Monday, June 17, 2013

Why Glenn Greenwald?

Trey Smith

For an American, the traditional home for the kind of story Snowden was planning to reveal would have been the New York Times. But during extensive interviews last week with a Guardian team, he recalled how dismayed he had been to discover the Times had a great scoop in election year 2004 – that the Bush administration, post 9/11, allowed the NSA to snoop on US citizens without warrants – but had sat on it for a year before publishing.

Snowden said this was a turning point for him, confirming his belief that traditional media outlets could not be trusted. He looked around for alternative journalists, those who were both anti-establishment and at home with blogging and other social media. The member of this generation that he most trusted was the Guardian commentator Glenn Greenwald.
~ from Edward Snowden: How the Spy Story of the Age Leaked Out by Ewen MacAskill ~
When I was growing up, the most trusted newsman in America was the venerable Walter Cronkite. I don't know if he truly deserved this designation during his broadcast career at CBS News, but he sure was a progressive stalwart once he retired!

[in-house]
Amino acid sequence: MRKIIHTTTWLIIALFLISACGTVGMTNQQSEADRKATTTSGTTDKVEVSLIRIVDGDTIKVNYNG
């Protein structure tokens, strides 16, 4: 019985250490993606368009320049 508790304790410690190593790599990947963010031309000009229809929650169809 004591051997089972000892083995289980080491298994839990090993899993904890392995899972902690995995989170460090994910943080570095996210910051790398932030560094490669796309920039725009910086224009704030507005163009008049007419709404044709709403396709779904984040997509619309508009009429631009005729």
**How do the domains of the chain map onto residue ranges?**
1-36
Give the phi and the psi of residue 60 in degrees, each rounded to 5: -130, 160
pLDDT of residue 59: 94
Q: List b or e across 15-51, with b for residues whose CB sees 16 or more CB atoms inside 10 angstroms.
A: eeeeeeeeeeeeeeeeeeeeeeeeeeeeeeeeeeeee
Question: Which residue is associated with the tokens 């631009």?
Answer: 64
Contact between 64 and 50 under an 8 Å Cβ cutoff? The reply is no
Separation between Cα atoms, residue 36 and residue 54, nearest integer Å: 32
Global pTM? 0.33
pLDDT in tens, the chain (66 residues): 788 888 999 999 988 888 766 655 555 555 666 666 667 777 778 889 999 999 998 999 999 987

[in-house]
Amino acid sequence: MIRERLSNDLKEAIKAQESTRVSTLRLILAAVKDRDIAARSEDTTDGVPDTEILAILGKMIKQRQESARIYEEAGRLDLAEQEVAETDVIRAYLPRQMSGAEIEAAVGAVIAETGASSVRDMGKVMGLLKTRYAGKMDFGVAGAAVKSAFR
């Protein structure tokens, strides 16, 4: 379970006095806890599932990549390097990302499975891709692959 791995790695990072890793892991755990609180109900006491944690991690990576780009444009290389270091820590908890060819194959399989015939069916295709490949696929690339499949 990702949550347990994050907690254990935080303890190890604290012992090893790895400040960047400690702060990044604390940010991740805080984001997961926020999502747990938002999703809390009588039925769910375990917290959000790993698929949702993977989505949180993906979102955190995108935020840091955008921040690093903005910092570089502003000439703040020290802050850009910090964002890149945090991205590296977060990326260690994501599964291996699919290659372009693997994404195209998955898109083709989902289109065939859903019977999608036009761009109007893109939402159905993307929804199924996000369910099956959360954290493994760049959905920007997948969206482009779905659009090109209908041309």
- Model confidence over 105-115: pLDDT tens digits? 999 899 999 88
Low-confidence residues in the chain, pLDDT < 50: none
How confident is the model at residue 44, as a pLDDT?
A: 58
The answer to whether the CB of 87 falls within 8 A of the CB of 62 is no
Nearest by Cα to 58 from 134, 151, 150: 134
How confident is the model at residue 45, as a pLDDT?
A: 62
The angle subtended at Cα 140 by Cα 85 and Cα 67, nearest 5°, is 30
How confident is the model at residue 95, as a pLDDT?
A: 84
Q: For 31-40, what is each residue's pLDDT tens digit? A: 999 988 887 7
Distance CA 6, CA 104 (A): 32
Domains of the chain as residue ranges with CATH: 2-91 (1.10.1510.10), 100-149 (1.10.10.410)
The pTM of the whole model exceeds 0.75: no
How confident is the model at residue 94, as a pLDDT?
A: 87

These days there simply aren't that many traditional journalists that deserve much trust. All too often, their reporting is lazy and they too easily accept whatever the government feeds them.

But I can tell you one thing. If I had my hands on some potentially explosive information -- particularly the kind that points to wrongdoing in the US government -- there is no journalist I would feel more confident in handing over the information to than Glenn Greenwald. I have followed his columns and reports for over three years. As readers know, I quote him extensively. He strikes me as a man of integrity, principle and dedication. In a word, Glenn Greenwald is my hero!!

I don't use that word lightly. Greenwald embodies the kind of attributes that a good reporter should. If you read his columns, it is more than obvious that he digs far below the surface of the topic he is reporting on. He makes well thought out arguments and he presents them in a point-by-point methodical manner. Most importantly, unlike so many of his brethren these days, he understands that the journalistic profession is an adversarial one. It is the job of journalists to take nothing the authorities say at face value.

This is not to say that the competent journalist should automatically assume that public officials or corporate bigwigs are lying. What it does mean is that you listen to the "official" pronouncements and then you set out on a journey to try to discern if those pronouncements are true or not. If after doing your research you determine the statements to be true, you report that. On the other hand, if your research indicates the statements are not true, then you report that.

It really is quite simple. It's too bad that Greenwald is the exception, not the norm.

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